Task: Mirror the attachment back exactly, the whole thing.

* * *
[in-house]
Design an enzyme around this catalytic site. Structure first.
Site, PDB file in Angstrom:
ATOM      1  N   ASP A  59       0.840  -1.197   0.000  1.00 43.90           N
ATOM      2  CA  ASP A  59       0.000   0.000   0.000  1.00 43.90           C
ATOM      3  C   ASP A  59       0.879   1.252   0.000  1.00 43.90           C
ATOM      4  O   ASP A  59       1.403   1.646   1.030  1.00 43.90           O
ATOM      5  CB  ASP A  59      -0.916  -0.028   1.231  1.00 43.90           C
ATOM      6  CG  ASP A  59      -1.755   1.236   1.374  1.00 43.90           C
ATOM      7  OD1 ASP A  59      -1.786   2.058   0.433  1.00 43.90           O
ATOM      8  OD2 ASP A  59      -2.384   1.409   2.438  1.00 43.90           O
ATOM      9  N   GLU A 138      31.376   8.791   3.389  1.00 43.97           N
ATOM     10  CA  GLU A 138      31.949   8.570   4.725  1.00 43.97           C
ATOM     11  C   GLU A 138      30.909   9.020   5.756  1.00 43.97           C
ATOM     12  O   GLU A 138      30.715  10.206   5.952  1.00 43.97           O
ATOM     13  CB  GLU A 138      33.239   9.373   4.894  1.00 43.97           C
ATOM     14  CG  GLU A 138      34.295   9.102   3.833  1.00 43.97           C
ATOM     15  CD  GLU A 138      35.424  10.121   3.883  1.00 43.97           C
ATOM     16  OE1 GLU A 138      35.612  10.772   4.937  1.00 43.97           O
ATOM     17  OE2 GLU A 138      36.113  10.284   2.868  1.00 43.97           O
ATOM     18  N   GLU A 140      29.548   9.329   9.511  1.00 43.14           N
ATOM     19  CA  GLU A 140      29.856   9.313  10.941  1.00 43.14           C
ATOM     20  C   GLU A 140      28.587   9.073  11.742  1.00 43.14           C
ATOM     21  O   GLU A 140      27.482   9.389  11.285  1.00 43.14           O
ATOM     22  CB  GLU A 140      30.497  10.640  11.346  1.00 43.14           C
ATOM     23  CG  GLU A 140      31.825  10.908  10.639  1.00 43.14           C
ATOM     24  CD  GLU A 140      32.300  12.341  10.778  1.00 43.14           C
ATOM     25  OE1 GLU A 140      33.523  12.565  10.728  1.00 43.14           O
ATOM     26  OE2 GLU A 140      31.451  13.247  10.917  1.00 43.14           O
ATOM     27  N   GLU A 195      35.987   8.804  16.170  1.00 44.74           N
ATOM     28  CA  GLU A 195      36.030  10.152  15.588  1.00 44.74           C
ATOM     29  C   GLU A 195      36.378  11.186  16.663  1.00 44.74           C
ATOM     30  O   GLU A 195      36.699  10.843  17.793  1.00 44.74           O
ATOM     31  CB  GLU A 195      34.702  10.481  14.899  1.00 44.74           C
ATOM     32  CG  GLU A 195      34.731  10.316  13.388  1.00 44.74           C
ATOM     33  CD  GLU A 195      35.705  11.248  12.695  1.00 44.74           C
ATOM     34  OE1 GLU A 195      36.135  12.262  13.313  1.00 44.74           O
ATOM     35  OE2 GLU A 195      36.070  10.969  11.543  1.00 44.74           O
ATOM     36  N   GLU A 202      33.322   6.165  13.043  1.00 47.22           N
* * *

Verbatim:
[in-house]
Design an enzyme around this catalytic site. Structure first.
Site, PDB file in Angstrom:
ATOM      1  N   ASP A  59       0.840  -1.197   0.000  1.00 43.90           N
ATOM      2  CA  ASP A  59       0.000   0.000   0.000  1.00 43.90           C
ATOM      3  C   ASP A  59       0.879   1.252   0.000  1.00 43.90           C
ATOM      4  O   ASP A  59       1.403   1.646   1.030  1.00 43.90           O
ATOM      5  CB  ASP A  59      -0.916  -0.028   1.231  1.00 43.90           C
ATOM      6  CG  ASP A  59      -1.755   1.236   1.374  1.00 43.90           C
ATOM      7  OD1 ASP A  59      -1.786   2.058   0.433  1.00 43.90           O
ATOM      8  OD2 ASP A  59      -2.384   1.409   2.438  1.00 43.90           O
ATOM      9  N   GLU A 138      31.376   8.791   3.389  1.00 43.97           N
ATOM     10  CA  GLU A 138      31.949   8.570   4.725  1.00 43.97           C
ATOM     11  C   GLU A 138      30.909   9.020   5.756  1.00 43.97           C
ATOM     12  O   GLU A 138      30.715  10.206   5.952  1.00 43.97           O
ATOM     13  CB  GLU A 138      33.239   9.373   4.894  1.00 43.97           C
ATOM     14  CG  GLU A 138      34.295   9.102   3.833  1.00 43.97           C
ATOM     15  CD  GLU A 138      35.424  10.121   3.883  1.00 43.97           C
ATOM     16  OE1 GLU A 138      35.612  10.772   4.937  1.00 43.97           O
ATOM     17  OE2 GLU A 138      36.113  10.284   2.868  1.00 43.97           O
ATOM     18  N   GLU A 140      29.548   9.329   9.511  1.00 43.14           N
ATOM     19  CA  GLU A 140      29.856   9.313  10.941  1.00 43.14           C
ATOM     20  C   GLU A 140      28.587   9.073  11.742  1.00 43.14           C
ATOM     21  O   GLU A 140      27.482   9.389  11.285  1.00 43.14           O
ATOM     22  CB  GLU A 140      30.497  10.640  11.346  1.00 43.14           C
ATOM     23  CG  GLU A 140      31.825  10.908  10.639  1.00 43.14           C
ATOM     24  CD  GLU A 140      32.300  12.341  10.778  1.00 43.14           C
ATOM     25  OE1 GLU A 140      33.523  12.565  10.728  1.00 43.14           O
ATOM     26  OE2 GLU A 140      31.451  13.247  10.917  1.00 43.14           O
ATOM     27  N   GLU A 195      35.987   8.804  16.170  1.00 44.74           N
ATOM     28  CA  GLU A 195      36.030  10.152  15.588  1.00 44.74           C
ATOM     29  C   GLU A 195      36.378  11.186  16.663  1.00 44.74           C
ATOM     30  O   GLU A 195      36.699  10.843  17.793  1.00 44.74           O
ATOM     31  CB  GLU A 195      34.702  10.481  14.899  1.00 44.74           C
ATOM     32  CG  GLU A 195      34.731  10.316  13.388  1.00 44.74           C
ATOM     33  CD  GLU A 195      35.705  11.248  12.695  1.00 44.74           C
ATOM     34  OE1 GLU A 195      36.135  12.262  13.313  1.00 44.74           O
ATOM     35  OE2 GLU A 195      36.070  10.969  11.543  1.00 44.74           O
ATOM     36  N   GLU A 202      33.322   6.165  13.043  1.00 47.22           N